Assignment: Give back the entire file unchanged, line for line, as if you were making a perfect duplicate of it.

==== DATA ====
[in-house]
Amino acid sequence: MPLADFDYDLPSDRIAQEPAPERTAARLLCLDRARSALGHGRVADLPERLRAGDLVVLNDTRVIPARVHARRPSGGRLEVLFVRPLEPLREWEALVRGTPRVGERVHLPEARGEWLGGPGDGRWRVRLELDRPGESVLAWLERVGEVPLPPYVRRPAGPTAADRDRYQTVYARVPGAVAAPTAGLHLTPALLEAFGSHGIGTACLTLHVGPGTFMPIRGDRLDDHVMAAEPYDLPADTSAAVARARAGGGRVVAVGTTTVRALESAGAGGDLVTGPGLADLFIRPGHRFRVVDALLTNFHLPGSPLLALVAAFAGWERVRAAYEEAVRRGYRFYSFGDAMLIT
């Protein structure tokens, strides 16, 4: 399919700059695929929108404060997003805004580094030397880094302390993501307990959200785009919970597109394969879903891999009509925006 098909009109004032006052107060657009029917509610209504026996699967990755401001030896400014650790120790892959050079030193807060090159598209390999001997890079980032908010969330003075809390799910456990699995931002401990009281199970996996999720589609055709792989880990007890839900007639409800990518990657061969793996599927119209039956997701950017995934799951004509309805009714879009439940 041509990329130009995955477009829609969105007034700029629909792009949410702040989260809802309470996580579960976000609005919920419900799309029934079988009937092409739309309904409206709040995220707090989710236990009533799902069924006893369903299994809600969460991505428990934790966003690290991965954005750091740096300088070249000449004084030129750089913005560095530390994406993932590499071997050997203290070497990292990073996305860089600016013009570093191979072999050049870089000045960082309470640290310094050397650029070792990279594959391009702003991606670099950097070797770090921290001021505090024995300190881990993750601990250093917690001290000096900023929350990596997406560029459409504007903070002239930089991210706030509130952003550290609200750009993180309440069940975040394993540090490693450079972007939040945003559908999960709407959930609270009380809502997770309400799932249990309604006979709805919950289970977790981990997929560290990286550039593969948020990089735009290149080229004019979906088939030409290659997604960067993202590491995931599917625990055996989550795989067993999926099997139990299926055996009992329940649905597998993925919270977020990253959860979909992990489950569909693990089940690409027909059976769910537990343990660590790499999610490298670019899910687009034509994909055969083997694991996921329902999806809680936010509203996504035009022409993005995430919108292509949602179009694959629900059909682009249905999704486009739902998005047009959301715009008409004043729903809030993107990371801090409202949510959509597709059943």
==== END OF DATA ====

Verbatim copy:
[in-house]
Amino acid sequence: MPLADFDYDLPSDRIAQEPAPERTAARLLCLDRARSALGHGRVADLPERLRAGDLVVLNDTRVIPARVHARRPSGGRLEVLFVRPLEPLREWEALVRGTPRVGERVHLPEARGEWLGGPGDGRWRVRLELDRPGESVLAWLERVGEVPLPPYVRRPAGPTAADRDRYQTVYARVPGAVAAPTAGLHLTPALLEAFGSHGIGTACLTLHVGPGTFMPIRGDRLDDHVMAAEPYDLPADTSAAVARARAGGGRVVAVGTTTVRALESAGAGGDLVTGPGLADLFIRPGHRFRVVDALLTNFHLPGSPLLALVAAFAGWERVRAAYEEAVRRGYRFYSFGDAMLIT
């Protein structure tokens, strides 16, 4: 399919700059695929929108404060997003805004580094030397880094302390993501307990959200785009919970597109394969879903891999009509925006 098909009109004032006052107060657009029917509610209504026996699967990755401001030896400014650790120790892959050079030193807060090159598209390999001997890079980032908010969330003075809390799910456990699995931002401990009281199970996996999720589609055709792989880990007890839900007639409800990518990657061969793996599927119209039956997701950017995934799951004509309805009714879009439940 041509990329130009995955477009829609969105007034700029629909792009949410702040989260809802309470996580579960976000609005919920419900799309029934079988009937092409739309309904409206709040995220707090989710236990009533799902069924006893369903299994809600969460991505428990934790966003690290991965954005750091740096300088070249000449004084030129750089913005560095530390994406993932590499071997050997203290070497990292990073996305860089600016013009570093191979072999050049870089000045960082309470640290310094050397650029070792990279594959391009702003991606670099950097070797770090921290001021505090024995300190881990993750601990250093917690001290000096900023929350990596997406560029459409504007903070002239930089991210706030509130952003550290609200750009993180309440069940975040394993540090490693450079972007939040945003559908999960709407959930609270009380809502997770309400799932249990309604006979709805919950289970977790981990997929560290990286550039593969948020990089735009290149080229004019979906088939030409290659997604960067993202590491995931599917625990055996989550795989067993999926099997139990299926055996009992329940649905597998993925919270977020990253959860979909992990489950569909693990089940690409027909059976769910537990343990660590790499999610490298670019899910687009034509994909055969083997694991996921329902999806809680936010509203996504035009022409993005995430919108292509949602179009694959629900059909682009249905999704486009739902998005047009959301715009008409004043729903809030993107990371801090409202949510959509597709059943």